Miller, a published fiction author, says every story you see or hear boils down to this:
“A CHARACTER who wants something encounters a PROBLEM before they can get it. At the peak of their despair, a GUIDE steps into their lives, gives them a PLAN, and CALLS THEM TO ACTION. That action helps them avoid FAILURE and ends in a SUCCESS.”
Let’s go deeper into each principle of the StoryBrand framework.
Principle One: The customer is the hero, not your brand.
A hero always wants something. That’s the primary piece of the story arc. Define what that customer desires. It should be a single focus and be relevant to their survival.
These basic survival instincts include:
- Conserving financial resources
- Conserving time
- Building social networks
- Gaining status
- Accumulating resources
- The innate desire to be generous
- The desire for meaning
Defining a desire creates a story gap needing resolution. They need to see how the story ends. Will they succeed. You’re hitting primal, psychological elements when you look at these basic human needs. Guess what? It’s compelling for a person considering doing business with you. It engages them with your brand.
Principle Two: Companies tend to sell solutions to external problems but customers buy solutions to internal problems.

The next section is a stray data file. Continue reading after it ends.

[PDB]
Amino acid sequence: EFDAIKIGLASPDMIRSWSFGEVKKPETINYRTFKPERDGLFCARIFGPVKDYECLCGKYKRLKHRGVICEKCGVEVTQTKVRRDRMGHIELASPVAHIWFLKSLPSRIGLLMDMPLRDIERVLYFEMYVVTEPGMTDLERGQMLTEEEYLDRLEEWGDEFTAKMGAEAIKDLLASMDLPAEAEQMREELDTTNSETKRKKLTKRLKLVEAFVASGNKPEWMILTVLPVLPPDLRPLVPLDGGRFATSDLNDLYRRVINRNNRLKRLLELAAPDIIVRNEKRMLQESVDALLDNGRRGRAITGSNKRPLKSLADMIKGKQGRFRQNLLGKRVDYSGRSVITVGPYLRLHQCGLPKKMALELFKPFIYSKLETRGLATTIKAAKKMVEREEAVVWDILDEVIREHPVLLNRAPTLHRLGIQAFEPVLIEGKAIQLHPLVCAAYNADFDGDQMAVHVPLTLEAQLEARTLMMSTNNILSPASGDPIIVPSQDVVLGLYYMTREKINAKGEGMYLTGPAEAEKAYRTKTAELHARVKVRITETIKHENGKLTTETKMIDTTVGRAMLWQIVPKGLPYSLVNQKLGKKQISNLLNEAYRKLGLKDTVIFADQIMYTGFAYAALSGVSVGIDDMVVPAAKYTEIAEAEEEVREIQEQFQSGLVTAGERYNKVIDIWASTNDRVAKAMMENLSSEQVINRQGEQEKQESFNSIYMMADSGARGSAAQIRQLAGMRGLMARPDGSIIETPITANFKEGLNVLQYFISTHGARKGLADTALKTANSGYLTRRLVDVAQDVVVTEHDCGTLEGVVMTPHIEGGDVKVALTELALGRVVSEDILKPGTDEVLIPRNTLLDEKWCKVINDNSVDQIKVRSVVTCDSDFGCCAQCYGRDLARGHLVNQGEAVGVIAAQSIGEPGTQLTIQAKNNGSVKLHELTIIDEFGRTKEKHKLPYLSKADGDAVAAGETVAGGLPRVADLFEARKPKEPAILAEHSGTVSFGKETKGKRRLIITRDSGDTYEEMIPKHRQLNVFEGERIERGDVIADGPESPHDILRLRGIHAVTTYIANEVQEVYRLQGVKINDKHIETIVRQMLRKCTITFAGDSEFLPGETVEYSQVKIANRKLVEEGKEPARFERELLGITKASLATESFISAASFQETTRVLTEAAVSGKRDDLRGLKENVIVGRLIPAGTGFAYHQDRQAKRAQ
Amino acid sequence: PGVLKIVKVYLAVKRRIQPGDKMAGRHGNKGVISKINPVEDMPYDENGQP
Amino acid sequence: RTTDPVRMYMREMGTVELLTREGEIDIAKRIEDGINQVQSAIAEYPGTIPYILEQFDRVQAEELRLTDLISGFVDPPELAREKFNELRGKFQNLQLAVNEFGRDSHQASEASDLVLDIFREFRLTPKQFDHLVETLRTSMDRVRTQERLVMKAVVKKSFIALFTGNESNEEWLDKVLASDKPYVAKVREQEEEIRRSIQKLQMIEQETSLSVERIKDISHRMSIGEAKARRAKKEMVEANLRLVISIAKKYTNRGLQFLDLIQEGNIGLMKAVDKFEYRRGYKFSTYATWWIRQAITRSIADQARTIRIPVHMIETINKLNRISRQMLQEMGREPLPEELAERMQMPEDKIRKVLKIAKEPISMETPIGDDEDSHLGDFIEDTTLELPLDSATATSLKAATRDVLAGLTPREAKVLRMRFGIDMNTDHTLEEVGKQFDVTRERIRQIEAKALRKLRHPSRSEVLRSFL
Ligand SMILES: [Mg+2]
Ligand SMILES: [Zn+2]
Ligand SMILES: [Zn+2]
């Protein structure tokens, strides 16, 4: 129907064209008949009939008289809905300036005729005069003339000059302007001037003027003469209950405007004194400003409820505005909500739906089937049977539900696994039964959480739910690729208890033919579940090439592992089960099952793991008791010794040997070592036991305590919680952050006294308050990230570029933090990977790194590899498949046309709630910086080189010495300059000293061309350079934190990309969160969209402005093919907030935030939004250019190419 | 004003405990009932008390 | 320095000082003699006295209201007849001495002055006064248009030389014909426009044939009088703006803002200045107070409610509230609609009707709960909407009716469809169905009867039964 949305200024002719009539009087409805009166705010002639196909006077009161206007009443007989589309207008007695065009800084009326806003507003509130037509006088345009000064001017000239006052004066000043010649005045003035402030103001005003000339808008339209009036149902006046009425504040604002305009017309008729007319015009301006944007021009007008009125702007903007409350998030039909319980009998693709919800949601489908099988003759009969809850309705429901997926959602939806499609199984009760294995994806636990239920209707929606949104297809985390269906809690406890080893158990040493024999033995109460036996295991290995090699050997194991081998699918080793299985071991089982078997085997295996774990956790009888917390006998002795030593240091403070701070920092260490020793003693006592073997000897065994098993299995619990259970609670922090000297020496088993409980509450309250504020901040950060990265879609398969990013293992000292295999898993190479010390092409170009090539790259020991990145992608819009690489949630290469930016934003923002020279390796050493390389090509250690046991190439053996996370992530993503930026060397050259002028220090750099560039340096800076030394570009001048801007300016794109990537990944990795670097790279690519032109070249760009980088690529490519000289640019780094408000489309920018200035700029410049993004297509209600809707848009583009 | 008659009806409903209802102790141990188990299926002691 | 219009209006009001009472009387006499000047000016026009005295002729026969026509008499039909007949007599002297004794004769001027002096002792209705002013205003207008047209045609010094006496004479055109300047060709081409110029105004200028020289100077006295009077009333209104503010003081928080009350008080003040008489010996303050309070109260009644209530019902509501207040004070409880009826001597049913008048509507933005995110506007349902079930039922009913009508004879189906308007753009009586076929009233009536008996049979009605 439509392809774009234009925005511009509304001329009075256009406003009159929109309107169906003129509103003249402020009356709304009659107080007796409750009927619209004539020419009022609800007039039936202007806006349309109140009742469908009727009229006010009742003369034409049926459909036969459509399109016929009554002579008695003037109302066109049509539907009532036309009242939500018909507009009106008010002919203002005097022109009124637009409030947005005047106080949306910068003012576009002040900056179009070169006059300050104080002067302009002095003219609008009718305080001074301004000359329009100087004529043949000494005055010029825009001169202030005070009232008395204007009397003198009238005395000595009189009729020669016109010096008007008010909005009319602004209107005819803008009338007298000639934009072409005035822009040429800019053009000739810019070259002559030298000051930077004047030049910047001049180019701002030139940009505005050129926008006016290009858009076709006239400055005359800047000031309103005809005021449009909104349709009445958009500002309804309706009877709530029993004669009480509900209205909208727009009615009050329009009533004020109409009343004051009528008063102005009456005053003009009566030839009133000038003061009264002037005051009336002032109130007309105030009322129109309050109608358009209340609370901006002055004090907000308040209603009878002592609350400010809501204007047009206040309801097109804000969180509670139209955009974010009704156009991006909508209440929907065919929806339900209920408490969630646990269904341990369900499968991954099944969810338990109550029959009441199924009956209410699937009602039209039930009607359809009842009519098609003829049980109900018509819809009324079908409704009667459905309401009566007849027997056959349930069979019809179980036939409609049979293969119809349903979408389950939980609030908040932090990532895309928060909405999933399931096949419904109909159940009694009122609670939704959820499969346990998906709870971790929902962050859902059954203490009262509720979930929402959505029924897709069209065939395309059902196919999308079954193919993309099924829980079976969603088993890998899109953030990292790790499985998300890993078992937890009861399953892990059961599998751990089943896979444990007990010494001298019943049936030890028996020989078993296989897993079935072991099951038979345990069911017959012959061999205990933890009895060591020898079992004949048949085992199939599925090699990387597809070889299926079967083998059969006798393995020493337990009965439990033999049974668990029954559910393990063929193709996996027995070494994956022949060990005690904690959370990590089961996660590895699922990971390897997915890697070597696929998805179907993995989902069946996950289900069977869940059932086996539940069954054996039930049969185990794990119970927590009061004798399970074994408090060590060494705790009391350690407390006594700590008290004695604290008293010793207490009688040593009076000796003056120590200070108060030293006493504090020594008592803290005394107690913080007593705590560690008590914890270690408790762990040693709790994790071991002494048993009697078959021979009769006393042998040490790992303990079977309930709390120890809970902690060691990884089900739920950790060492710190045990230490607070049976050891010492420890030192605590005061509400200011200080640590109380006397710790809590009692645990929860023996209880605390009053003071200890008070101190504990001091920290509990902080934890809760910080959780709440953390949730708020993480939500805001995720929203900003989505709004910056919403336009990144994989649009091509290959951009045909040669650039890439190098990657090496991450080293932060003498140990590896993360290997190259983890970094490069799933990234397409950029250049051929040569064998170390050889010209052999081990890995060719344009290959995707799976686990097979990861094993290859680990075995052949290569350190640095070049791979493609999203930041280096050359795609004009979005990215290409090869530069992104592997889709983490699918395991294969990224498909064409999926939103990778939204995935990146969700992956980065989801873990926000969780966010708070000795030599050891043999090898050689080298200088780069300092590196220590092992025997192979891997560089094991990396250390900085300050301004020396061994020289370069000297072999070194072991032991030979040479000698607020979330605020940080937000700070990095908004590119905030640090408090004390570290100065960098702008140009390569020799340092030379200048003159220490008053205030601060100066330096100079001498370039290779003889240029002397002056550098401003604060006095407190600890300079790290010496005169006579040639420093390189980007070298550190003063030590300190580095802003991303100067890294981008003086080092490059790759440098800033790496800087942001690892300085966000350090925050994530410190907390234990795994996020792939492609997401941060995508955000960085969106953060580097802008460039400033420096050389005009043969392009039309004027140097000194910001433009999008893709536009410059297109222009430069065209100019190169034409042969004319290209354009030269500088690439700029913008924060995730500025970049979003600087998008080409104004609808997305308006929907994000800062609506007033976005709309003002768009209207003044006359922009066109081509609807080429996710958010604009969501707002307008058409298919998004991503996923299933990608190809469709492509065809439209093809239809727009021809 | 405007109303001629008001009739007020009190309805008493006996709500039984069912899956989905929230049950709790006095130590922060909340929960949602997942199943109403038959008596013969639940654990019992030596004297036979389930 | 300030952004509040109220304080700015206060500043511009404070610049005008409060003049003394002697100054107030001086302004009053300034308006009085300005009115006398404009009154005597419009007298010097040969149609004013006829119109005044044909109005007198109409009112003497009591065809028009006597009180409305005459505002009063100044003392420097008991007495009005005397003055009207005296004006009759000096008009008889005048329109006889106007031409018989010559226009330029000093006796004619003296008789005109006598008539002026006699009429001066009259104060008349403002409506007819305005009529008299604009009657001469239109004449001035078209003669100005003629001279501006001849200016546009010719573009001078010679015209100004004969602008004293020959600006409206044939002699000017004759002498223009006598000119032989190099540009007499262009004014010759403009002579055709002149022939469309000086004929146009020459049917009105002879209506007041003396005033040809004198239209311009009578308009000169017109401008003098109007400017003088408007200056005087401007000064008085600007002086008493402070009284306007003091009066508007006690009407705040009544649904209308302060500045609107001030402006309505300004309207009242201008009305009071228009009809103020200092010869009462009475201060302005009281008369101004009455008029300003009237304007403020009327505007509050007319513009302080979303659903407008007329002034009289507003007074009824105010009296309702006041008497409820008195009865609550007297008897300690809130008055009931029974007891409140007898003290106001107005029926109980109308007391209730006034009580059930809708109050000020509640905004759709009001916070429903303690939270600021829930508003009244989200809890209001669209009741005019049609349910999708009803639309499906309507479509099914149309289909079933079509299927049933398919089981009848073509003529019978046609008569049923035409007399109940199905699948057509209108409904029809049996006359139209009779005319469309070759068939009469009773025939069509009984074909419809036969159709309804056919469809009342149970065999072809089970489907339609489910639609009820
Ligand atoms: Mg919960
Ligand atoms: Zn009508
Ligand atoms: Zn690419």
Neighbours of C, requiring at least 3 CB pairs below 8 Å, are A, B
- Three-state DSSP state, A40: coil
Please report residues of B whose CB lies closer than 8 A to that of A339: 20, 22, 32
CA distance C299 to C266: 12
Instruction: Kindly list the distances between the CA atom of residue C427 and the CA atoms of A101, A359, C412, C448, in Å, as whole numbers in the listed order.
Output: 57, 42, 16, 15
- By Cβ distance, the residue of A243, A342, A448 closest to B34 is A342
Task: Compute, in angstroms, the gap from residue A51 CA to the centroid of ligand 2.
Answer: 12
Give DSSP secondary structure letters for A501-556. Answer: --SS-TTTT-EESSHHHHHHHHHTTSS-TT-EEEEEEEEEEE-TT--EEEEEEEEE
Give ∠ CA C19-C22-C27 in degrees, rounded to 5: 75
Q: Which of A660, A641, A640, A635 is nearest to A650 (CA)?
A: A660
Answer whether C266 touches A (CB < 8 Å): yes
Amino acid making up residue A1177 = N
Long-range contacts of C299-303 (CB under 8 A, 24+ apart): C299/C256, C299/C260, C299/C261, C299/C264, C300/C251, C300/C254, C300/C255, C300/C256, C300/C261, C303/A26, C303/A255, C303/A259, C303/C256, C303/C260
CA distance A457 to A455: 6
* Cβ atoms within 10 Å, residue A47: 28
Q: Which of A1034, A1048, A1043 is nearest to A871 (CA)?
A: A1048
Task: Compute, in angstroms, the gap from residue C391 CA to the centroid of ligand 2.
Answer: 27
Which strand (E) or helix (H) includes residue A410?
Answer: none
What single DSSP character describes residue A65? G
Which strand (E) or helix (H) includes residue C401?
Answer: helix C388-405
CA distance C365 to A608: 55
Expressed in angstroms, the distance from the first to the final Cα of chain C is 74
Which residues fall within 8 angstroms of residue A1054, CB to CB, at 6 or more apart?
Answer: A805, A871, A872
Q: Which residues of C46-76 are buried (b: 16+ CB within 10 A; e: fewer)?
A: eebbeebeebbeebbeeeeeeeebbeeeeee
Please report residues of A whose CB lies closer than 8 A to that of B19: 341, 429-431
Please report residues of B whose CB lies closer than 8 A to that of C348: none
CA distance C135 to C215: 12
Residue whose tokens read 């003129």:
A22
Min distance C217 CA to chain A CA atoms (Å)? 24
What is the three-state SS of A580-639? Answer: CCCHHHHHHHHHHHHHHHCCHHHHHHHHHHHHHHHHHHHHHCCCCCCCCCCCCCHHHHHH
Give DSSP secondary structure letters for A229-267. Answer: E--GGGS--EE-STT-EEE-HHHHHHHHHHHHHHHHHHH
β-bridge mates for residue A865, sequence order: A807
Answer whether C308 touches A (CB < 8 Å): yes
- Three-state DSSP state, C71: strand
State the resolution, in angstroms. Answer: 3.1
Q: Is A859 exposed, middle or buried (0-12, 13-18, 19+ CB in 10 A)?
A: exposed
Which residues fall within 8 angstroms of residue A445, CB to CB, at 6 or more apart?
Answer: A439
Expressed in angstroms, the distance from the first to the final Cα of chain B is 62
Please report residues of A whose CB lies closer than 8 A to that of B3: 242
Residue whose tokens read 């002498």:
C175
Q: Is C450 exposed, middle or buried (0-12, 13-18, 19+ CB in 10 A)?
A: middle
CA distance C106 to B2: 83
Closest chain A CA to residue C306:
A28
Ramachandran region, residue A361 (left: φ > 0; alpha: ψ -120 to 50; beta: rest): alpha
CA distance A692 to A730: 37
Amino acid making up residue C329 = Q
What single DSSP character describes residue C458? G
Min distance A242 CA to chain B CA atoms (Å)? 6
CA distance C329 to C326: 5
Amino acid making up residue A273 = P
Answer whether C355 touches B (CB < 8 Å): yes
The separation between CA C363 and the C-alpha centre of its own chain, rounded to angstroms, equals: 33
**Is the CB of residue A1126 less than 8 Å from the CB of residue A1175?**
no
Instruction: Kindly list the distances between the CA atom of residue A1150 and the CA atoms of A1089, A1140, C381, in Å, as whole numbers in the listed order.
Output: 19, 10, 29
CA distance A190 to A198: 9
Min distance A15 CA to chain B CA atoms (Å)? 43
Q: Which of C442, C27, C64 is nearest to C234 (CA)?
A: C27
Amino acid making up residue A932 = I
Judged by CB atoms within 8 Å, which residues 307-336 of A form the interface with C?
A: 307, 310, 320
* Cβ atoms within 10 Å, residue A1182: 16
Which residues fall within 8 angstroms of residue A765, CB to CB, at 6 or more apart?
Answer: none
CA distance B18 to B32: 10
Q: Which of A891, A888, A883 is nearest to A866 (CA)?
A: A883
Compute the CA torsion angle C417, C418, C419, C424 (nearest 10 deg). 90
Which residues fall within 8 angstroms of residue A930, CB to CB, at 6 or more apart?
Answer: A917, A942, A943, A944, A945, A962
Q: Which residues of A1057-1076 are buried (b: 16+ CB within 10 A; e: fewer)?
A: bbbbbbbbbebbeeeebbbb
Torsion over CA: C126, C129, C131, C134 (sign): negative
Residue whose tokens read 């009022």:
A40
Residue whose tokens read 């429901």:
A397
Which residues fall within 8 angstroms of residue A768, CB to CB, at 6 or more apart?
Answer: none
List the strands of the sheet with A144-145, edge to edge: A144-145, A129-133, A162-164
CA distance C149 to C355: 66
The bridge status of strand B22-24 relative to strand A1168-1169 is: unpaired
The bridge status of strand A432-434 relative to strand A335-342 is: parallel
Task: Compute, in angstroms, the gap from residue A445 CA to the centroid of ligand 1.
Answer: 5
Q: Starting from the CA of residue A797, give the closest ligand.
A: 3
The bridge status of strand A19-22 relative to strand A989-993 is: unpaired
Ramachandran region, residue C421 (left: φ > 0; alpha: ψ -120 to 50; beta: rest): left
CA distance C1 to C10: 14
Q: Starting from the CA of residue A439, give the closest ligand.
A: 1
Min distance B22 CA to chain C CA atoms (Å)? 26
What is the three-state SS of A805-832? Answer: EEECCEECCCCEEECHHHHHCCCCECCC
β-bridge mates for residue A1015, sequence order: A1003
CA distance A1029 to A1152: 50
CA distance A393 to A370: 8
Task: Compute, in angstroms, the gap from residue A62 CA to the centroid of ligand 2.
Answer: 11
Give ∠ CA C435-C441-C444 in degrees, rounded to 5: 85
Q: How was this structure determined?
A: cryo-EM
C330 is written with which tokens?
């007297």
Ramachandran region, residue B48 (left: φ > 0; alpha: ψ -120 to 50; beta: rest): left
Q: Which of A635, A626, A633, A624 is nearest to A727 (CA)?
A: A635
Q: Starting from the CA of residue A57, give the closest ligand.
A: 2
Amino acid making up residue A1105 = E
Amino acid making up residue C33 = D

When you nail the actual problems customers are facing, they recognize your company as a “brand that understands them.”
This is huge. You’re speaking their language. The guard drops, and you plant a seed of trust.
In stories, the hero encounters three levels of problems: external, internal, and philosophical. Companies generally focus on the external, but you develop a stronger connection when you connect with internal problems.
To figure out the problems ask yourself what frustrations do our products resolve?
Internal problems manifest as external problems. Problems are the villains of the story. Once the villain arrives the story starts to cook. A good villain has these four characteristics according to Miller:
- The villain should be a root source. Not frustration. Rather what causes the frustration.
- The villain should be relatable. Immediately recognized as something worth disdain.
- The villain should be singular. One villain is enough. Don’t be confusing.
- The villain should be real. Don’t be a fear monger. Don’t make up a villain. There are plenty of real villains to go around.
If you want to get deep, think about philosophical problems. Or the why question. “Why does this story matter in the overall epic of humanity.” Discuss the philosophical problems using words like “ought” and “shouldn’t.”
Ask yourself “what’s the deeper meaning.” People want to participate in stories bigger than themselves. If your product can give customers a deeper sense of meaning you win.
This might sound a little too grand for some businesses, but it’s not. Here are a few examples from the book:
Pet-store owner: “Pets deserve to eat healthy food too.”
Consulting form: “Everybody deserves to work for a great manager.”
Travel agent: “Because this summer should be remembered forever.”
Putting it all together here’s what this breakdown of problems would look like for Nespresso Home Coffee Machines, according to Miller:
Villain: Coffee machines that make bad coffee.External: I want better-tasting coffee at home.Internal: I want my home coffee machine to make me feel sophisticated.Philosophical: I shouldn’t have to be a barista to make a gourmet coffee at home.